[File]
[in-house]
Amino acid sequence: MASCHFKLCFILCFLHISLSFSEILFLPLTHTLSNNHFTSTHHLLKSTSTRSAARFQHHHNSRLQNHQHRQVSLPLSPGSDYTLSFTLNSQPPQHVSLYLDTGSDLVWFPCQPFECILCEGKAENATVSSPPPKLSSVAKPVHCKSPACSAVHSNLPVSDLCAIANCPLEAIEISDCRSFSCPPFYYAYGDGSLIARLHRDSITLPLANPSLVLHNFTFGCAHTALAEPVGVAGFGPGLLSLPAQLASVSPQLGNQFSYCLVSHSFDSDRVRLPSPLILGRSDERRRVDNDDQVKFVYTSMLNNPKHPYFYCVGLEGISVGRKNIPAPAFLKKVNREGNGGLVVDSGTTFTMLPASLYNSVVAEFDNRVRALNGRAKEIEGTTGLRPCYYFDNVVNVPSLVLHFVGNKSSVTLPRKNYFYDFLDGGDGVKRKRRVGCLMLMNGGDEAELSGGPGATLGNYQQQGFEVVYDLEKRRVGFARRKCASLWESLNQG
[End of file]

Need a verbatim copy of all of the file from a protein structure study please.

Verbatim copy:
[in-house]
Amino acid sequence: MASCHFKLCFILCFLHISLSFSEILFLPLTHTLSNNHFTSTHHLLKSTSTRSAARFQHHHNSRLQNHQHRQVSLPLSPGSDYTLSFTLNSQPPQHVSLYLDTGSDLVWFPCQPFECILCEGKAENATVSSPPPKLSSVAKPVHCKSPACSAVHSNLPVSDLCAIANCPLEAIEISDCRSFSCPPFYYAYGDGSLIARLHRDSITLPLANPSLVLHNFTFGCAHTALAEPVGVAGFGPGLLSLPAQLASVSPQLGNQFSYCLVSHSFDSDRVRLPSPLILGRSDERRRVDNDDQVKFVYTSMLNNPKHPYFYCVGLEGISVGRKNIPAPAFLKKVNREGNGGLVVDSGTTFTMLPASLYNSVVAEFDNRVRALNGRAKEIEGTTGLRPCYYFDNVVNVPSLVLHFVGNKSSVTLPRKNYFYDFLDGGDGVKRKRRVGCLMLMNGGDEAELSGGPGATLGNYQQQGFEVVYDLEKRRVGFARRKCASLWESLNQG